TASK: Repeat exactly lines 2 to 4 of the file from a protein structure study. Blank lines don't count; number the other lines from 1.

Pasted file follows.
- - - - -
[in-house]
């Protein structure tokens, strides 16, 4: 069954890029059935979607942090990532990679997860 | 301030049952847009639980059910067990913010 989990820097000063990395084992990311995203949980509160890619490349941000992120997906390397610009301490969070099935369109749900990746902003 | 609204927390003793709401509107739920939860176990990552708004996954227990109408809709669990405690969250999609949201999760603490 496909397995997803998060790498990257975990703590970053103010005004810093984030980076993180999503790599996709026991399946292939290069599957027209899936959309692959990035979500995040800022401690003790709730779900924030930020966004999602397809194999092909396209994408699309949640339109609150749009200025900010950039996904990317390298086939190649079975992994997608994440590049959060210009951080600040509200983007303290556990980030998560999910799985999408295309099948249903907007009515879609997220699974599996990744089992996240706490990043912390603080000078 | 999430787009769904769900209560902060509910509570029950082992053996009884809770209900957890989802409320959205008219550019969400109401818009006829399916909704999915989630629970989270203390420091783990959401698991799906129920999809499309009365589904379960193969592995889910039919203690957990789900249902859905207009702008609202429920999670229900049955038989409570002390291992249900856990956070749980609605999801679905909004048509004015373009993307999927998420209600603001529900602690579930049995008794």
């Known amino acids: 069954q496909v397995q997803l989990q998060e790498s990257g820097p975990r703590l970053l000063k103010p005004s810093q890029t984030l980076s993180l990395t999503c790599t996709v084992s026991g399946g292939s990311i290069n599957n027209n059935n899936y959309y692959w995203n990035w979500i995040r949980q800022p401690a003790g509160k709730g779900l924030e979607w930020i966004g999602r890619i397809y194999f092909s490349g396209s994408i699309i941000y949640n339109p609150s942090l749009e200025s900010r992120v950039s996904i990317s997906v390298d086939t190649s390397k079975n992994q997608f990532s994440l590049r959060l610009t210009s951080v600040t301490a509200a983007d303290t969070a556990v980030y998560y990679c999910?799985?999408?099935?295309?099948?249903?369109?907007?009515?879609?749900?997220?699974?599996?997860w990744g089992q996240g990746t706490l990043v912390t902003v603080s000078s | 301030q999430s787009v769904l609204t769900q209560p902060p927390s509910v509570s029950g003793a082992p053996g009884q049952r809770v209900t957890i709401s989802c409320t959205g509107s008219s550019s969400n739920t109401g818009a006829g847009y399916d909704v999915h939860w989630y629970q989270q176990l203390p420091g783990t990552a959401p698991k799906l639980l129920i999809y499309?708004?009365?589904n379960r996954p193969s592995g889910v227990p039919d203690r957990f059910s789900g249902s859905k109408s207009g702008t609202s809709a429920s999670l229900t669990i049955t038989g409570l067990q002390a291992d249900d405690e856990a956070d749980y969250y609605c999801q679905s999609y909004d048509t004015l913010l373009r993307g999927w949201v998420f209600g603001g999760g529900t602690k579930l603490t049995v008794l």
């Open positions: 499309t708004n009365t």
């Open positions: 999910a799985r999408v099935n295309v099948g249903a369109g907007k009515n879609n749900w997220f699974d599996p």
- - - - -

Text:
């Protein structure tokens, strides 16, 4: 069954890029059935979607942090990532990679997860 | 301030049952847009639980059910067990913010 989990820097000063990395084992990311995203949980509160890619490349941000992120997906390397610009301490969070099935369109749900990746902003 | 609204927390003793709401509107739920939860176990990552708004996954227990109408809709669990405690969250999609949201999760603490 496909397995997803998060790498990257975990703590970053103010005004810093984030980076993180999503790599996709026991399946292939290069599957027209899936959309692959990035979500995040800022401690003790709730779900924030930020966004999602397809194999092909396209994408699309949640339109609150749009200025900010950039996904990317390298086939190649079975992994997608994440590049959060210009951080600040509200983007303290556990980030998560999910799985999408295309099948249903907007009515879609997220699974599996990744089992996240706490990043912390603080000078 | 999430787009769904769900209560902060509910509570029950082992053996009884809770209900957890989802409320959205008219550019969400109401818009006829399916909704999915989630629970989270203390420091783990959401698991799906129920999809499309009365589904379960193969592995889910039919203690957990789900249902859905207009702008609202429920999670229900049955038989409570002390291992249900856990956070749980609605999801679905909004048509004015373009993307999927998420209600603001529900602690579930049995008794």
């Known amino acids: 069954q496909v397995q997803l989990q998060e790498s990257g820097p975990r703590l970053l000063k103010p005004s810093q890029t984030l980076s993180l990395t999503c790599t996709v084992s026991g399946g292939s990311i290069n599957n027209n059935n899936y959309y692959w995203n990035w979500i995040r949980q800022p401690a003790g509160k709730g779900l924030e979607w930020i966004g999602r890619i397809y194999f092909s490349g396209s994408i699309i941000y949640n339109p609150s942090l749009e200025s900010r992120v950039s996904i990317s997906v390298d086939t190649s390397k079975n992994q997608f990532s994440l590049r959060l610009t210009s951080v600040t301490a509200a983007d303290t969070a556990v980030y998560y990679c999910?799985?999408?099935?295309?099948?249903?369109?907007?009515?879609?749900?997220?699974?599996?997860w990744g089992q996240g990746t706490l990043v912390t902003v603080s000078s | 301030q999430s787009v769904l609204t769900q209560p902060p927390s509910v509570s029950g003793a082992p053996g009884q049952r809770v209900t957890i709401s989802c409320t959205g509107s008219s550019s969400n739920t109401g818009a006829g847009y399916d909704v999915h939860w989630y629970q989270q176990l203390p420091g783990t990552a959401p698991k799906l639980l129920i999809y499309?708004?009365?589904n379960r996954p193969s592995g889910v227990p039919d203690r957990f059910s789900g249902s859905k109408s207009g702008t609202s809709a429920s999670l229900t669990i049955t038989g409570l067990q002390a291992d249900d405690e856990a956070d749980y969250y609605c999801q679905s999609y909004d048509t004015l913010l373009r993307g999927w949201v998420f209600g603001g999760g529900t602690k579930l603490t049995v008794l």
């Open positions: 499309t708004n009365t």